The Weekly W(rap): 6-August-2021 – Global growth slowing as Fed steps closer to tapering

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Macro Developments

As of 6 August, about 201mn Covid-19 cases have been confirmed worldwide, and the death toll has surpassed 4.27mn, according to Johns Hopkins University data. The Biden administration is now weighing a plan to require all foreign visitors to be vaccinated. China imposed new travel restrictions across the nation as a delta-driven outbreak grew to over 500 cases in 15 provinces. At least 46 cities have advised against travelling, while tourist sites and cultural events have been cancelled. The World Health Organization called for a moratorium on booster shots to enable poorer countries to catch up in vaccination rates.

US non-farm payrolls grew by 943K in July, easily beating market consensus.

Source: US Bureau of Labor Statistics, MMSteelClub

The JP Morgan Global Manufacturing PMI index was at 55.4 in July, a tick below the 55.5 registered in June. The growth of the metals-intensive manufacturing sector could be slowing, as China’s activity was at its weakest for 17 months, and US manufacturing activity slowed for the second month in July to a 6-month low. The global manufacturing sector expanded at a robust clip at the start of the third quarter. However, rates of increase in output and new orders eased again, as record supply chain constraints stymied growth and drove up input prices. The headline PMI has signalled expansion in each of the past 13 months.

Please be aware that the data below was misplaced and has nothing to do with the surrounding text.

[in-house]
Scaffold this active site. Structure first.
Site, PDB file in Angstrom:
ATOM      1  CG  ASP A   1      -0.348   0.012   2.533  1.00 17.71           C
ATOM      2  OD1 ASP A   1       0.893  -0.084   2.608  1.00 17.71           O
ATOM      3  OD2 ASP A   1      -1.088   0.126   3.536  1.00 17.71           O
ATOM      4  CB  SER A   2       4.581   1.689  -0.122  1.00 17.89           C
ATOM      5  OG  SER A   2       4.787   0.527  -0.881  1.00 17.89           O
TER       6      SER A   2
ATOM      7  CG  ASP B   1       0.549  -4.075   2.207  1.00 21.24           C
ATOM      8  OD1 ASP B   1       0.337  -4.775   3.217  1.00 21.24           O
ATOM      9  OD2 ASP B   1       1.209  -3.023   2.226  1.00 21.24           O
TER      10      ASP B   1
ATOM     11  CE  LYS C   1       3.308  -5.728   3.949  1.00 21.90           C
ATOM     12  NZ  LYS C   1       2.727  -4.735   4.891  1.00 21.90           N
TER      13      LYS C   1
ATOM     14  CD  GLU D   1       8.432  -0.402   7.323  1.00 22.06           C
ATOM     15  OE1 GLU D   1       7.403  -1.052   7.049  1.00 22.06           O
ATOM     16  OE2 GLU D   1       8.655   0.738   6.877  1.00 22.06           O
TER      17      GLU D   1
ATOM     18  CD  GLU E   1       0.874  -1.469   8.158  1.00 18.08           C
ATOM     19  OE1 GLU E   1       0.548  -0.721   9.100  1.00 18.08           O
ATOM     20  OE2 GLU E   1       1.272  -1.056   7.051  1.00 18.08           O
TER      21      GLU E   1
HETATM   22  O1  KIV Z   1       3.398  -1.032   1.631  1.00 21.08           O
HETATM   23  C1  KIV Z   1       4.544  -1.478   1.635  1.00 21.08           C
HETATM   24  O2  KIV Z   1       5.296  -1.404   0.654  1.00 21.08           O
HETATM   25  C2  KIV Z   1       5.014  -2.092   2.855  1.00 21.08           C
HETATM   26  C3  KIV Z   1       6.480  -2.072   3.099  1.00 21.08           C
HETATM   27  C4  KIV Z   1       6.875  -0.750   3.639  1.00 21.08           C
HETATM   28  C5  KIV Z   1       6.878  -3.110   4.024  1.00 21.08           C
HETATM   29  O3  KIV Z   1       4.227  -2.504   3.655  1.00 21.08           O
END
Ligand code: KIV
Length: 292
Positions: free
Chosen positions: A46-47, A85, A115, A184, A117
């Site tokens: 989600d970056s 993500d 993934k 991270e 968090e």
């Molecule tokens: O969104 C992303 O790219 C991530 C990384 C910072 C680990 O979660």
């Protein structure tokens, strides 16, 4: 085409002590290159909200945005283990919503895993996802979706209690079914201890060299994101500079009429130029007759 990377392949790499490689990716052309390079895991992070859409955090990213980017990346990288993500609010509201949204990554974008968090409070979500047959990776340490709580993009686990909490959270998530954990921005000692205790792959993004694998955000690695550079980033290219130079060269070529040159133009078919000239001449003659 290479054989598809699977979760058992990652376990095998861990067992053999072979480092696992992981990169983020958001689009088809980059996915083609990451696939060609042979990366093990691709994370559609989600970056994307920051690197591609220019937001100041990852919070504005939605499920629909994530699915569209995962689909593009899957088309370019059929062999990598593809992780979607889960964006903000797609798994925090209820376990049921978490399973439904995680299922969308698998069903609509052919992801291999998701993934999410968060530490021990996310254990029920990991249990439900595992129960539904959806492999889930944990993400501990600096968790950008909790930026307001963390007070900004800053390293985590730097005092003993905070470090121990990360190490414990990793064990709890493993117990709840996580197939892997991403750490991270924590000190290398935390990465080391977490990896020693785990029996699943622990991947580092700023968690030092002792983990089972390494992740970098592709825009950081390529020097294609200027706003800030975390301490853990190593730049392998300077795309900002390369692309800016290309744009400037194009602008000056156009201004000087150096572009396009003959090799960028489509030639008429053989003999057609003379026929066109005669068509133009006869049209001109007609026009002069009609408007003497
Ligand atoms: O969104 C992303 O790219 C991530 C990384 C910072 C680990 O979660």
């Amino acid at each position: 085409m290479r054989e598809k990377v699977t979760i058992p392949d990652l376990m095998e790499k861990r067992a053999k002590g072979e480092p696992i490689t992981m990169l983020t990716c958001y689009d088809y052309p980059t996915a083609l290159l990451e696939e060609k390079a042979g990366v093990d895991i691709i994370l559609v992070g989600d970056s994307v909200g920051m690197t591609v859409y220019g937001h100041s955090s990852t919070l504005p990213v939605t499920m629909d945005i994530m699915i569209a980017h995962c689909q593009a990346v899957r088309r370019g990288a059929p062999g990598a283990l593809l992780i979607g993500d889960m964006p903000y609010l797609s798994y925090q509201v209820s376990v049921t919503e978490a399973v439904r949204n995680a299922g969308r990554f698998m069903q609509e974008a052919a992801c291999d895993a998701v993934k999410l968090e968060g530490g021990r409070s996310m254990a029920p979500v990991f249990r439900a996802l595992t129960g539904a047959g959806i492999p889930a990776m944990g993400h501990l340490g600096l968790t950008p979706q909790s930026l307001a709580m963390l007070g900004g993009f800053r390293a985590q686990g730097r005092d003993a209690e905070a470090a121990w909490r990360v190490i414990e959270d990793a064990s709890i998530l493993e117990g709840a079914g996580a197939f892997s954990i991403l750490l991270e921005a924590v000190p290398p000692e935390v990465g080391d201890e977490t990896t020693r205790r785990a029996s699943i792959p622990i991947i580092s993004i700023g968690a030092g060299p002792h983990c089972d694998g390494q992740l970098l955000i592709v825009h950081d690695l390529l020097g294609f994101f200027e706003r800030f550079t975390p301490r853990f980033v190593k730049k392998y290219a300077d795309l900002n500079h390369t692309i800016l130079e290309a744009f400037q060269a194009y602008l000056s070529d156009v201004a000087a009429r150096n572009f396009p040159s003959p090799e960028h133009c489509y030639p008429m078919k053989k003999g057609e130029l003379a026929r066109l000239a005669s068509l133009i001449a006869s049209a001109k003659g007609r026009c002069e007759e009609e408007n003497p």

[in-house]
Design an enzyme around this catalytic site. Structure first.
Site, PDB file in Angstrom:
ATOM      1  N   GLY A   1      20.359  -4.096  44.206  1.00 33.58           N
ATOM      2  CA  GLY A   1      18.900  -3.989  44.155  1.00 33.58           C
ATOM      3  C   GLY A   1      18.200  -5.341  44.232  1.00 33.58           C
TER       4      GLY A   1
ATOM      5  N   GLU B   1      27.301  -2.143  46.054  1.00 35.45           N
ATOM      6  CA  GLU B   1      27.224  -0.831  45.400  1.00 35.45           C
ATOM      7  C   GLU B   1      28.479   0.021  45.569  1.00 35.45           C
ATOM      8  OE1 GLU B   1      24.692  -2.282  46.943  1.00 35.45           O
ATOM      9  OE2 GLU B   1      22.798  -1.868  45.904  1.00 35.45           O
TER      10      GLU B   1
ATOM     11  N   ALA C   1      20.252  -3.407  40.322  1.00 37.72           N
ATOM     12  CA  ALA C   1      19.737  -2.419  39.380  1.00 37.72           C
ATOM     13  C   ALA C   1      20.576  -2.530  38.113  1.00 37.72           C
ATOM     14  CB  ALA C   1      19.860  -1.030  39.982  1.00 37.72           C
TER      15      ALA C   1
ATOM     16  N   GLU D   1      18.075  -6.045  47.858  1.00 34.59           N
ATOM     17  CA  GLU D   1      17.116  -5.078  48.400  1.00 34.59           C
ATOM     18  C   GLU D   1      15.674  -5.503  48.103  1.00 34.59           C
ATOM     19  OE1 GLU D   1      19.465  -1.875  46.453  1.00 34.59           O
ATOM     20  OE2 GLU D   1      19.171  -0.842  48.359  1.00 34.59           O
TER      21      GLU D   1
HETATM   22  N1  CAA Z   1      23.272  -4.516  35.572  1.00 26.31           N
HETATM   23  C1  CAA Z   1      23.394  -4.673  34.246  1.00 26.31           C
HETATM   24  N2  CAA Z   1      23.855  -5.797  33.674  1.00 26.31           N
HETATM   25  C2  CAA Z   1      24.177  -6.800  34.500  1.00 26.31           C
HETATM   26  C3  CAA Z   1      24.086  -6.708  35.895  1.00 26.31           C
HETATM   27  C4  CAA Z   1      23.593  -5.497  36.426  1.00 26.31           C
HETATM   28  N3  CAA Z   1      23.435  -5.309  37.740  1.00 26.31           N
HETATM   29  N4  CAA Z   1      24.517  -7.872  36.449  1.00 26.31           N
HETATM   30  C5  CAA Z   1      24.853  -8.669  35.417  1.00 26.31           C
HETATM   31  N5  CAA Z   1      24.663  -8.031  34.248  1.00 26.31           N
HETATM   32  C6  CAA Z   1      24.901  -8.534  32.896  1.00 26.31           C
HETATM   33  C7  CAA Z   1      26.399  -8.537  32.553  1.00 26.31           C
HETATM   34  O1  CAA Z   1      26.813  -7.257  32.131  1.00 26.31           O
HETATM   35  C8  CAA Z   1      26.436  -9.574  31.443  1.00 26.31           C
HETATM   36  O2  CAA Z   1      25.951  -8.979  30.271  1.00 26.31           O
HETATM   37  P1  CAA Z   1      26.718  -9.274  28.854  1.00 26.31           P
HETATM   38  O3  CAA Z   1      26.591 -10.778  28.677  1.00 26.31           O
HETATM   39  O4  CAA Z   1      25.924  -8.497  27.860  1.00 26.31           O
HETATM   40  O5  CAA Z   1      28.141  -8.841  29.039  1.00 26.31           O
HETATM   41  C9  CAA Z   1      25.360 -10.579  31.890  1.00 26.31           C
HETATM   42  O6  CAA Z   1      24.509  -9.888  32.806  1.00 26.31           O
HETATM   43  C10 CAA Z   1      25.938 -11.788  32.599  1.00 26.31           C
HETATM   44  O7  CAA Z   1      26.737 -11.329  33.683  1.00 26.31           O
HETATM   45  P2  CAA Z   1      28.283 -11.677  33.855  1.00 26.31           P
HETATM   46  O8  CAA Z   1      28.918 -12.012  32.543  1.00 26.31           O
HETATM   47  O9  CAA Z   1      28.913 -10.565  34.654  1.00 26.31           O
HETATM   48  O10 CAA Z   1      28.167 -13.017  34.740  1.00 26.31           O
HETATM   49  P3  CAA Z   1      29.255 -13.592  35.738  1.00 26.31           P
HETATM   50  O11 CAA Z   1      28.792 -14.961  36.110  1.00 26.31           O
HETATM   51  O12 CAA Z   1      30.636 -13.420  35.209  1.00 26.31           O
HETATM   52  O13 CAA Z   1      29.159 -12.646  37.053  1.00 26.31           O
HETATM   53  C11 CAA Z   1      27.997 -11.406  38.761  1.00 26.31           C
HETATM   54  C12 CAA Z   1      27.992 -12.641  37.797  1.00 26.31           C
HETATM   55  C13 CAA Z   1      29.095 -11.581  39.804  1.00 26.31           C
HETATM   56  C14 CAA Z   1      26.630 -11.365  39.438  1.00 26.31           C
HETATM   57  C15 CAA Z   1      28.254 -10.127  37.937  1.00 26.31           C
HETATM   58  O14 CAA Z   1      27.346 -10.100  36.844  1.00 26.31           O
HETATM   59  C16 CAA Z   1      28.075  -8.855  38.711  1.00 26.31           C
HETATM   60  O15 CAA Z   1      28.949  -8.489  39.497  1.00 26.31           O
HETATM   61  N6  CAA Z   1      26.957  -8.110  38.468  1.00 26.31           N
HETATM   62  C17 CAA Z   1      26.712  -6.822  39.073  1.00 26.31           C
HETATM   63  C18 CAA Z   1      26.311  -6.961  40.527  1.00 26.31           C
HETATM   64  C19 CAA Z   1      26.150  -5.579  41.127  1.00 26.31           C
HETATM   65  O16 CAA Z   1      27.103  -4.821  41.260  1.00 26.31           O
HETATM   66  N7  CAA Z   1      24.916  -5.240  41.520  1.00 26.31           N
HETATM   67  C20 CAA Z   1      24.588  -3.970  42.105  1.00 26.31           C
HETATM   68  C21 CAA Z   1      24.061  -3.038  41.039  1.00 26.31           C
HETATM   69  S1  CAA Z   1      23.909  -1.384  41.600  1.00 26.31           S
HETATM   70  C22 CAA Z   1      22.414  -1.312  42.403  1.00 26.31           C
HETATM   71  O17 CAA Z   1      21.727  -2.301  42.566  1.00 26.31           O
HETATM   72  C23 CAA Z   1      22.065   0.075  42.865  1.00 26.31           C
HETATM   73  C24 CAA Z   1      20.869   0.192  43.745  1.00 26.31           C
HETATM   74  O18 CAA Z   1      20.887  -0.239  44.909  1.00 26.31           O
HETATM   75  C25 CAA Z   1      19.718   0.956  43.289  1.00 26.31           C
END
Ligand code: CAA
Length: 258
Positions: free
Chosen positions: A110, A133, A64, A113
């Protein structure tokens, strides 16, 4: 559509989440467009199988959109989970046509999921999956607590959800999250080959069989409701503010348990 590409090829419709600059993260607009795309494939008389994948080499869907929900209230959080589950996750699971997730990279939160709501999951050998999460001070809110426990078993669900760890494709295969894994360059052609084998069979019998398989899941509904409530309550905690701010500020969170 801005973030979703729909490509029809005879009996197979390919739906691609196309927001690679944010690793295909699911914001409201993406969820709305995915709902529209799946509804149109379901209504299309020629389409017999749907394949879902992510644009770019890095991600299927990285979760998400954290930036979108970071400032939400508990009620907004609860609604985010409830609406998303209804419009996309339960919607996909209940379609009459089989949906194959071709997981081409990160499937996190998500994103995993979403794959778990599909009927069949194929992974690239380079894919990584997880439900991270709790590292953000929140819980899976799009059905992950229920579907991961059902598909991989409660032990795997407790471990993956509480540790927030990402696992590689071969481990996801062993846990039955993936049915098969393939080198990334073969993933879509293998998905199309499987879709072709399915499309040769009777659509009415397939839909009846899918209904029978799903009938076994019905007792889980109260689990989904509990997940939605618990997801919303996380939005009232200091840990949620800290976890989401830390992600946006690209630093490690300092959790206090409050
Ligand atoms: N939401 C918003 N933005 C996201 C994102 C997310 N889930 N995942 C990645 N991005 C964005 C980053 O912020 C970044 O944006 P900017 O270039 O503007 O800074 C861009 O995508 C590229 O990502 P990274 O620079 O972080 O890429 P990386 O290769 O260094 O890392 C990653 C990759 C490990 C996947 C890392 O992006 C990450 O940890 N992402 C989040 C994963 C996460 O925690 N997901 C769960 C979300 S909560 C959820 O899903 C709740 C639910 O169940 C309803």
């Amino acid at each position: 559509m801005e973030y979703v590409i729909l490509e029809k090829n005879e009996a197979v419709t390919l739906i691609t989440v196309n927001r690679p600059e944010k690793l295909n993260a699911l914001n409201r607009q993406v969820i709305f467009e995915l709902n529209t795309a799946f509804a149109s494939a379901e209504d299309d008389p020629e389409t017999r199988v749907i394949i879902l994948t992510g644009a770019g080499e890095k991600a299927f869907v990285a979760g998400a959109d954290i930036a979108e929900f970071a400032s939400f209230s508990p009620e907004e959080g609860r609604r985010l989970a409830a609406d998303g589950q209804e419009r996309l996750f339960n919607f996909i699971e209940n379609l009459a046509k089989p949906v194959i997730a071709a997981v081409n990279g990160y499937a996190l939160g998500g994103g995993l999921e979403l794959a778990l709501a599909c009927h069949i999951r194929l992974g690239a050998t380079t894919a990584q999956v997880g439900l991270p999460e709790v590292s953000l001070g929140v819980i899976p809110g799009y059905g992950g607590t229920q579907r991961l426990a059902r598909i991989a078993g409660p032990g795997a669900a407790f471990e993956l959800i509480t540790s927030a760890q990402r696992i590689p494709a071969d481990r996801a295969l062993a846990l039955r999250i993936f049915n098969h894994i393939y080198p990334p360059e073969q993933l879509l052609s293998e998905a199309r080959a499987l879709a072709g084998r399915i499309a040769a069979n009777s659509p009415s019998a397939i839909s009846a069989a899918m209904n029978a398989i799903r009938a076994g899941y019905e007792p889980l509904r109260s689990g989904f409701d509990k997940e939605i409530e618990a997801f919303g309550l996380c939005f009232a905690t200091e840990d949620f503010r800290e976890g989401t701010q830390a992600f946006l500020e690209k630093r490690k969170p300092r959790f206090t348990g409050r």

The NBS China manufacturing PMI was at a 17-month low falling to 50.4 in July (previous 50.9, expected 50.8). This was the weakest pace of increase in factory activity since the contraction in February 2020, amid the increasing concern around the Covid outbreak in Nanjing, severe flooding in central China and higher input costs. Similarly, the NBS China Non-Manufacturing PMI dropped to a five-month low of 53.3 in July (previous 53.5, expected 53.0). The Caixin Manufacturing PMI actual 50.3 (previous 51.3, expected 51.0). At far less than expectations, factories are barely expanding, and the service sector’s expansion is slowing. All of the numbers seem to be in the very low 50’s and therefore just above contraction territory.

The US reading pointed to the second consecutive month of slowing factory growth as new orders, production and supplier deliveries increased less while inventories contracted. Panelists’ companies and their supply chains continue to struggle to respond to strong demand due to difficulties in hiring and retaining direct labour.

Precious Metals